Every week of unrecoverable delay would entail material working capital impact, re-allocation cost, cost for inefficient work, penalty payments to customers and up to €1B weekly loss of turnover. Despite the incremental stocks, the disruptions in a no deal Brexit situation are likely to add up to several weeks; potentially translating into a multi-billion impact on Airbus.57

On 26 June 2018, BMW’s Customs Manager said in a statement to the media that “We always said we can do our best and prepare everything, but if at the end of the day the supply chain will have a stop at the border, then we cannot produce our products in the UK”.58 Moreover, on 5 July 2018, Ralf Speth, the Chief Executive of Jaguar Land Rover, said that without the right deal, tariffs would cost the company £1.2 billion a year and make it unprofitable to remain in the UK.59

36.In contrast to this, John Longworth, a former Director General of the British Chambers of Commerce and now Co-Chairman of the campaign group Leave Means Leave, has said that there would be benefits to the UK from a scenario in which the UK traded with the European Union on WTO terms. He acknowledged that a no deal scenario would be disruptive in the short term but said:

Because we would be able to remove tariffs, it would reduce the cost of living–especially for the poorest–boosting disposable income and the economy in the process. Trade deals would include non-tariff barriers, further boosting the economy and reducing living costs.60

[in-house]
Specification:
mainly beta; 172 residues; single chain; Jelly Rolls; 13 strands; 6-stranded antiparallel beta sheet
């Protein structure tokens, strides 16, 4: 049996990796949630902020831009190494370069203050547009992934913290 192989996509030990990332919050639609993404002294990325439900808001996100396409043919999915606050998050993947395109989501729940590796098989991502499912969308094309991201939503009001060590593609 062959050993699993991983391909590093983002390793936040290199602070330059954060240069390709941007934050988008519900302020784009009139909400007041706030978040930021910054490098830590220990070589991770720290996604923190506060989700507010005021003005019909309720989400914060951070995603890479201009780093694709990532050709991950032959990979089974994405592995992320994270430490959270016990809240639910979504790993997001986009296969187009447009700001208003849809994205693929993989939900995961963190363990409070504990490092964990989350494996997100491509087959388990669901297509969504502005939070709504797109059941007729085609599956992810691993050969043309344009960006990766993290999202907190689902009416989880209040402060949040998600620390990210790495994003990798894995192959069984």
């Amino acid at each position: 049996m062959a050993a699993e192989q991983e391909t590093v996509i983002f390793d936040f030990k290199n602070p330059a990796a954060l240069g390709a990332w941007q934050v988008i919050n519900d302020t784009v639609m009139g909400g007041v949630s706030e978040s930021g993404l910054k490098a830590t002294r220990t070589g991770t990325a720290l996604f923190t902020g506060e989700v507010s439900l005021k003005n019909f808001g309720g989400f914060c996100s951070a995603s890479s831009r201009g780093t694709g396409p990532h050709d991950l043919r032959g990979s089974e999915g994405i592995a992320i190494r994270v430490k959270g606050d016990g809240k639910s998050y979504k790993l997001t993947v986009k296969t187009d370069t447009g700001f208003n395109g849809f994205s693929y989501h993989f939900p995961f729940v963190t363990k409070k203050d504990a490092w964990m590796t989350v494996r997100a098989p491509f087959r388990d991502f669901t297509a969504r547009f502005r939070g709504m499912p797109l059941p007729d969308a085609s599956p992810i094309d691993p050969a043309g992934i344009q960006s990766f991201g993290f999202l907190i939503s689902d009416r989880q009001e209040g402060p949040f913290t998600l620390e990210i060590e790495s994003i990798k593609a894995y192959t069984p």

37.The former and current Secretaries of State for Exiting the European Union have said that ‘no deal’ does not necessarily mean that there would be no deals at all between the UK and the European Union. On 25 April 2018, the Rt Hon. David Davis MP, then Secretary of State for Exiting the European Union told us that sectoral deals with the European Union and its member states could be reached to mitigate the most disruptive effects of having left the European Union without a Withdrawal Agreement. He said:

Indeed, it would also depend on what you mean by “no deal”. I have said to this Committee before that the complete absence of any outcome is unlikely. You might end up with a bare-bones deal; that is a phrase I think I have used before. You might end up with a whole series of bilateral deals. We are looking at tiny probabilities here. I do not think no deal is a significant probability at all. A massively higher probability is a deal. In the event it goes down that other route, nobody wants that. No other country wants that. Talk to Spain. They do not want their aviation issues blocked.61